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Hard Nosed Big Game Hounds

Hard Nosed Big Game Hounds
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Luwire Photographic Safaris

Luwire Photographic Safaris
Looking across the Lugenda from one of the camps

Monday, December 2, 2013

One of my Bear Stories

I was just reading Jameson Parker's post about a new book he is reading, "A Story Like the Wind"by Laurens Van Der Post. He mentioned a few dark nights he had experienced, one in particular in Africa where I have experienced some very dark nights myself. This led to a memory of a story of a dark night that was told to me way back when I worked for an outfitter in the Teton Mountains of Wyoming. My friend Willy Watsabaugh related this little diddy to myself and a few other buds as we sat at the bar in Moose Wyoming on our way home from a ten day Elk Hunt.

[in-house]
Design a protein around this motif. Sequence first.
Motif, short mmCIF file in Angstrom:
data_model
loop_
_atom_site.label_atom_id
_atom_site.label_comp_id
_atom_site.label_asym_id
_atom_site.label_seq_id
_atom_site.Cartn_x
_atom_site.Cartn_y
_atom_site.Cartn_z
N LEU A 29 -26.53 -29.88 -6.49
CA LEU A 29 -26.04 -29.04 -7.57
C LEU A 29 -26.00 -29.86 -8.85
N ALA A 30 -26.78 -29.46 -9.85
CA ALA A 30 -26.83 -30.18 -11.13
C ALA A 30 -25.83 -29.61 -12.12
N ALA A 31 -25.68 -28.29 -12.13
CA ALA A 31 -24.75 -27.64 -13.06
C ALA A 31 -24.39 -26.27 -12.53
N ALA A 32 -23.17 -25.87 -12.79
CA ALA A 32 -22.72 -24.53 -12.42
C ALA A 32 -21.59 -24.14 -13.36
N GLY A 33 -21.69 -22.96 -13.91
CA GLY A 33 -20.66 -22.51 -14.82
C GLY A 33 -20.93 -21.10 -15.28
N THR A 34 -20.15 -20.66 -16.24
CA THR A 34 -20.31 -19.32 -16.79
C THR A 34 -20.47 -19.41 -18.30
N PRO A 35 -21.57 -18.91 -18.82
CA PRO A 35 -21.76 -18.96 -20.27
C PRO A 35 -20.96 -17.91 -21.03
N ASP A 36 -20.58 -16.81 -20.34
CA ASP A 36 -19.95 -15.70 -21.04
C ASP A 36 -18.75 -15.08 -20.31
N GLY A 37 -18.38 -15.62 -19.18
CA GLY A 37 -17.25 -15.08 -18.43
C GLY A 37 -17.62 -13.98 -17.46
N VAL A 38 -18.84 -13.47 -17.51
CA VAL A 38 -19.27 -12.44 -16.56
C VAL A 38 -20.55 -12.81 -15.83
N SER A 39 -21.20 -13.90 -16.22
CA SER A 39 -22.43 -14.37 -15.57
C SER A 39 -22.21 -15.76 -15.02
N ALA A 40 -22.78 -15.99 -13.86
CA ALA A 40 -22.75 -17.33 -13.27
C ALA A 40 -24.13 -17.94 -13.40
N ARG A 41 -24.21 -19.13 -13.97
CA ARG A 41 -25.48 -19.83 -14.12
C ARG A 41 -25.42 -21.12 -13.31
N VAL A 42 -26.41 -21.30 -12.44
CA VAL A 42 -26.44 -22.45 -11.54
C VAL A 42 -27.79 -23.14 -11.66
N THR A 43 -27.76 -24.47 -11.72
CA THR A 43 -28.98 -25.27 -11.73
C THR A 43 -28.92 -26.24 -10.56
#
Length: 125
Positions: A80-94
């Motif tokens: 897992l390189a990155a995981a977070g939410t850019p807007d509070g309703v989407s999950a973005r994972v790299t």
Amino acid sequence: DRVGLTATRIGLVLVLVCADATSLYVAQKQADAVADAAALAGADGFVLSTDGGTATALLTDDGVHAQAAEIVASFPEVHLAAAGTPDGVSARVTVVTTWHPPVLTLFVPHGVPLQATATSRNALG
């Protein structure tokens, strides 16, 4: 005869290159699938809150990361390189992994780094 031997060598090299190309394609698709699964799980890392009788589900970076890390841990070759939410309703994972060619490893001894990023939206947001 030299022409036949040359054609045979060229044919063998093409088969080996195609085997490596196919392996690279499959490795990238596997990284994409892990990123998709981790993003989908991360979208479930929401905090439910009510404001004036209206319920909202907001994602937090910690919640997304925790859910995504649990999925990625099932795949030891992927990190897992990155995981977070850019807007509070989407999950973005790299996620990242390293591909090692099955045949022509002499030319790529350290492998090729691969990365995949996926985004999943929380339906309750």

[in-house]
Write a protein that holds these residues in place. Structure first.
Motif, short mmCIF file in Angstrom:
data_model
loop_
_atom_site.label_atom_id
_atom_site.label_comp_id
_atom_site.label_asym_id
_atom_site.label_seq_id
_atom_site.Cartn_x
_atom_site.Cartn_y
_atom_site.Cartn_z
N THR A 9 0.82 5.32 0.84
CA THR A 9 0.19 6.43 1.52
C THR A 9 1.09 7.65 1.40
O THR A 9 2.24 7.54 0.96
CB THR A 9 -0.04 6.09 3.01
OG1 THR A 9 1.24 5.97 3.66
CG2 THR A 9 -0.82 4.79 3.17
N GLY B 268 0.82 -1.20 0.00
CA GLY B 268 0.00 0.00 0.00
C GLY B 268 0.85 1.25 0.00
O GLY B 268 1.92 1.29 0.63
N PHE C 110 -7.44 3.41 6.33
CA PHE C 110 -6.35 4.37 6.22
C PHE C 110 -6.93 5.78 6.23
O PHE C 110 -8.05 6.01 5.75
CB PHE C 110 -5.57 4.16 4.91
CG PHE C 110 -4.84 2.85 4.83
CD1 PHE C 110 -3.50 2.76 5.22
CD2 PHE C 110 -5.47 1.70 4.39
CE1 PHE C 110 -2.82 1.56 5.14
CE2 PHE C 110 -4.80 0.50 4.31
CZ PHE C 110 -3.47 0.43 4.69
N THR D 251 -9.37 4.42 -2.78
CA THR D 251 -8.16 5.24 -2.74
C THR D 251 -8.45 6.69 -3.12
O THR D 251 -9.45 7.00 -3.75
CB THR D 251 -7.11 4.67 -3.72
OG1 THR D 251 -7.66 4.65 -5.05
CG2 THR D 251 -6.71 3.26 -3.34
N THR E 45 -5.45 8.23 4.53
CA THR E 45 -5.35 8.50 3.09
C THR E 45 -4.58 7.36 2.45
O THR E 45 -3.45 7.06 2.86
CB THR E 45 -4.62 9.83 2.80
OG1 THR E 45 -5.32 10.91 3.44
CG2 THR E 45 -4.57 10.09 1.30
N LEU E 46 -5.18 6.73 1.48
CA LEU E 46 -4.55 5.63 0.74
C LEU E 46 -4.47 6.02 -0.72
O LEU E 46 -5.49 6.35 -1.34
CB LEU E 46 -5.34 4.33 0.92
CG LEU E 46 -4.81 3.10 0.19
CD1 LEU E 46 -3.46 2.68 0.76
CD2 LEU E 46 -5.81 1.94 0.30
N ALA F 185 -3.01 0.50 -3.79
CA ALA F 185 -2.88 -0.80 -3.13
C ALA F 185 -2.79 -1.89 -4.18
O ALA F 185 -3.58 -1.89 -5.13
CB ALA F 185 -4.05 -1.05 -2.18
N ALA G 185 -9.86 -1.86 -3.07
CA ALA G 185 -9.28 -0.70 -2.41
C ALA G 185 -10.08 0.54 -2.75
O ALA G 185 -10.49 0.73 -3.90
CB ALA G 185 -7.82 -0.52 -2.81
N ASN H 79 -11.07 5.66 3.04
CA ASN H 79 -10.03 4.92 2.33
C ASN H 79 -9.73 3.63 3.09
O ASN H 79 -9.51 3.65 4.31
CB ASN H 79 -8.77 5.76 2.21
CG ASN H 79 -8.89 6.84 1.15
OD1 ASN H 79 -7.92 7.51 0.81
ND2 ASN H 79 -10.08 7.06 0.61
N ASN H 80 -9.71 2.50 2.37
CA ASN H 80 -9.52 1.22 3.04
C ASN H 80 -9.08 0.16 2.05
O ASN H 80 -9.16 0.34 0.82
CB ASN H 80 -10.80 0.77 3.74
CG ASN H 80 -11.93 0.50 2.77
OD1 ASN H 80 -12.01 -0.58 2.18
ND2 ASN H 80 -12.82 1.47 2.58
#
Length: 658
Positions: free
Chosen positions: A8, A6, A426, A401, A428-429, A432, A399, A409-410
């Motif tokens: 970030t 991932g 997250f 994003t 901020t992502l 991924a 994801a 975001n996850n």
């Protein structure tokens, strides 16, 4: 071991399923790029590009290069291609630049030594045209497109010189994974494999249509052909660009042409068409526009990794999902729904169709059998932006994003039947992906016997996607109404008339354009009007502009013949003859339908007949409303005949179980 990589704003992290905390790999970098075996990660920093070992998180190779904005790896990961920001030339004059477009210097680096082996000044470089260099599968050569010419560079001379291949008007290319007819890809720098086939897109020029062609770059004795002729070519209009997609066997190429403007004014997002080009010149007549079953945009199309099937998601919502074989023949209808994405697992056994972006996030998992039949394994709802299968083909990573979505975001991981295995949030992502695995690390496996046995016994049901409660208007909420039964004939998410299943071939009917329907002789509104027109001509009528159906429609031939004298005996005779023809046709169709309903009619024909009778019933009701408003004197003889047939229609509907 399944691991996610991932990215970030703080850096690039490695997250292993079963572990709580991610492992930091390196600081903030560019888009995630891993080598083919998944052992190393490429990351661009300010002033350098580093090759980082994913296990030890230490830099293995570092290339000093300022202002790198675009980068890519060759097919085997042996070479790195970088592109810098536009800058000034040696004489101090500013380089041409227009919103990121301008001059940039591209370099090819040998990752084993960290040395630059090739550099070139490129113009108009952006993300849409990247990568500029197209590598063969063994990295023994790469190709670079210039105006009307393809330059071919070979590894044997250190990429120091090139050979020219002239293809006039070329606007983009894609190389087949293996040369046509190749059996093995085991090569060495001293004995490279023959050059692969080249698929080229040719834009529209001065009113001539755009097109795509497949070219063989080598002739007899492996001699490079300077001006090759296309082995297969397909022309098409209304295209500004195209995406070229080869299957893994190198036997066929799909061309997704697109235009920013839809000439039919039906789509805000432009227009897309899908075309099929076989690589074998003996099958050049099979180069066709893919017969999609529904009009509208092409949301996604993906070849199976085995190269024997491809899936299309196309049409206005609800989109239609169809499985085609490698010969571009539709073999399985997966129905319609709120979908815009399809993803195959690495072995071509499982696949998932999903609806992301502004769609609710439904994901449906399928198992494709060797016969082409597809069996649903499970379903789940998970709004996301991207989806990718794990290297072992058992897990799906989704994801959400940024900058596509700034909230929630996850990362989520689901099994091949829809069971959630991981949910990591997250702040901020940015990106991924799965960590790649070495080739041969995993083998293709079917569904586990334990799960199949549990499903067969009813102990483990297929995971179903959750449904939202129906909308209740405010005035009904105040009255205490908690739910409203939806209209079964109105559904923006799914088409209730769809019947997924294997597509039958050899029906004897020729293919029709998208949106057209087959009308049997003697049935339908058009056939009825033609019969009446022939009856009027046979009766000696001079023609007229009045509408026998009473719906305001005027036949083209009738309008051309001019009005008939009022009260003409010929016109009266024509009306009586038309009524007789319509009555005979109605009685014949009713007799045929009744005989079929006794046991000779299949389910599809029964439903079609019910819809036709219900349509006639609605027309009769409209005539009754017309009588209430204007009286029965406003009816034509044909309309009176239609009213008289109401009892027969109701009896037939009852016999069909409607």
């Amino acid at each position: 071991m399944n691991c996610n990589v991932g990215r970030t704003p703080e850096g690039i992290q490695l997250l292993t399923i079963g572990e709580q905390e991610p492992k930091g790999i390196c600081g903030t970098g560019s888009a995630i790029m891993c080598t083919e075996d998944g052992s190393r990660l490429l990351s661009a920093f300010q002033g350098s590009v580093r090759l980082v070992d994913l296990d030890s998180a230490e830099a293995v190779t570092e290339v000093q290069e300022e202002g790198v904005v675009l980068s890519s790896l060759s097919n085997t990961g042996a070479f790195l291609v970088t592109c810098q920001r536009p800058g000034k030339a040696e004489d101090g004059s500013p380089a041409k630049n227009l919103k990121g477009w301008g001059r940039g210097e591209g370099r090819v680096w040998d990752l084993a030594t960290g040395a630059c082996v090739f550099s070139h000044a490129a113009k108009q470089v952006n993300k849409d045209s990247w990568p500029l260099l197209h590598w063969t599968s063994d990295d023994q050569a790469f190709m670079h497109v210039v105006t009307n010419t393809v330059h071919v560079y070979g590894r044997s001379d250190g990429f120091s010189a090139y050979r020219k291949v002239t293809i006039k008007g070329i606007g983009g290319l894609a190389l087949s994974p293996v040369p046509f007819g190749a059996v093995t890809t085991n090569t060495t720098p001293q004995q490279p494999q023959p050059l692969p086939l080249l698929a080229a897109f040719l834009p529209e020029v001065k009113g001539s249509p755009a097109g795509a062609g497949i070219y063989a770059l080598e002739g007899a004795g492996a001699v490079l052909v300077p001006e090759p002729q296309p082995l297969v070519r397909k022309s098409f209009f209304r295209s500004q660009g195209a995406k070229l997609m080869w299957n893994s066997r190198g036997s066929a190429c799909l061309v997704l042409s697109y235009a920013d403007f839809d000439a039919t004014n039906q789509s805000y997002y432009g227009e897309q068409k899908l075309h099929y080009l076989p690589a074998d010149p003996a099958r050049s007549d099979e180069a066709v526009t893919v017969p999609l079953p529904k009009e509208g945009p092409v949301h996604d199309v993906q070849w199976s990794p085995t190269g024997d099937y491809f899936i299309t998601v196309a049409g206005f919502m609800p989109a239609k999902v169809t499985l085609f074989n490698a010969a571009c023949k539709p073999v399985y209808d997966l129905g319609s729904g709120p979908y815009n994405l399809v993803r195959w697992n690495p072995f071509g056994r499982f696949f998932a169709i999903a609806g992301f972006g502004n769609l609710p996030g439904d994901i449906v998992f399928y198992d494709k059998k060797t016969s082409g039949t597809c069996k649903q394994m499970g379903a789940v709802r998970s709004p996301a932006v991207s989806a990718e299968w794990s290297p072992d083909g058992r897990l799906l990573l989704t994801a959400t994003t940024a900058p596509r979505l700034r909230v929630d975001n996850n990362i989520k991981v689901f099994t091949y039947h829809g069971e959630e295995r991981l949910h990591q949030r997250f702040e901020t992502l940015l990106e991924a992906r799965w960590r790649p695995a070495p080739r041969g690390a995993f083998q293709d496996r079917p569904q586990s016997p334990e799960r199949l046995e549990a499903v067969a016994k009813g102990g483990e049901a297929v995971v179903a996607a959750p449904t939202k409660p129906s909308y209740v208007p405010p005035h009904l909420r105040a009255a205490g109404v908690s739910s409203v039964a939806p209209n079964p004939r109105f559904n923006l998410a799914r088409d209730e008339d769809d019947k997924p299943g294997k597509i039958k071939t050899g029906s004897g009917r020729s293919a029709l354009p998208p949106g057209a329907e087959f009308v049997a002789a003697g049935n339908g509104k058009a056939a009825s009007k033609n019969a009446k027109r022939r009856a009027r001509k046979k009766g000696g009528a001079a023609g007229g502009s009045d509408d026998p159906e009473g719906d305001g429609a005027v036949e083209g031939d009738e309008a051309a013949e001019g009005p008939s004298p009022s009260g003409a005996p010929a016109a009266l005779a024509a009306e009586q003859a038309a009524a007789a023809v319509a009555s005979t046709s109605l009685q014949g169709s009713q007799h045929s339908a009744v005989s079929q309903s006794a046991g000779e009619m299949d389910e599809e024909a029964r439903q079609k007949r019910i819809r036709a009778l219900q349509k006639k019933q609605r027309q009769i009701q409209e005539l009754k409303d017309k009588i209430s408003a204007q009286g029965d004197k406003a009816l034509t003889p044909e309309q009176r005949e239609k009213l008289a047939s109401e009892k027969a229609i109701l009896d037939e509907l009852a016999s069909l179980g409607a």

It seems that Willy's outfit which hunted the drainage next to us had from the start of the season been visited regularly by a grumpy old Grizzly Sow. Now tensions were high in that camp and the cook was especially on edge as he often spent the whole day in camp alone while the rest were out hunting. Things had progressed to the point that the Game Wardens had flown in by helicopter and installed an electric fence around the entire assembly of tents. Still the old girl persisted and had on this day stuck her head into the Cook Tent and gave a little low grunt at the unsuspecting cook, busy with his back turned washing the mornings dishes. Needless to say there was a few deathly silent moments until she turned and with another low huff bumbled off to parts unknown. Well when the parties of guides and hunters returned late in the day they were greeted by a heavily armed, very shaky cook. He related the days events and as darkness fell there was still a group out who arrived late in the night and upon hearing the story from the crowd who by this time was armed to the hilt all assembled in the cook tent and steadily became more and more worked up. Willy, eased out into the night to go feed the horses down by the corals. There close by was a tent set up to house the tack and feed and a fellow guide stood up at the cook tent shinning a light and holding a rifle for moral support. Willy pulled back the loose flap on the tent and reached for the fifty five gallon barrel that held the feed. As he reached forward his hand came to rest on something warm and furry and as the warm piss ran down his leg he high tailed it back to the cook tent arriving from his fifty yard sprint with out taking a breath exploding in curses that, "that damn bear was in the saddle tent and this was the last straw", he had had enough and he was going to shoot that _?___?__?__?__ bear. A quick plan of attack was devised and every hand got locked and loaded, checked flashlight batteries and began a semi circle like stalk. The darkness got darker and the lights didn't seem to be quite enough to anyone but there was strength in numbers. Rifles, Pistols and knives glistened in the light of the flashlights as the posse approached the dark quiet tent. A long dead pine sapling held by Willy waved in the air as the proper approach was followed so as to avoid possible stray bullets. A last minute survey of the hoard was made just before be eased the sapling into position to hook the loose flap and pull it aside rendering the inside seeable. At this point I have to say all that were there at the bar were shaking their heads still in disbelief that they had survived the encounter. We hung on his every word as he spoke. He said, "I moved the flap aside and the lights found their mark as our old Pack Mule turned his head into the light to look at the amassed bunch of open mouthed killers while munching blissfully on a mouth full of oats." "Well Hell," he said it's that damn mule. So everybody went back to the cook tent and proceeded to get very drunk.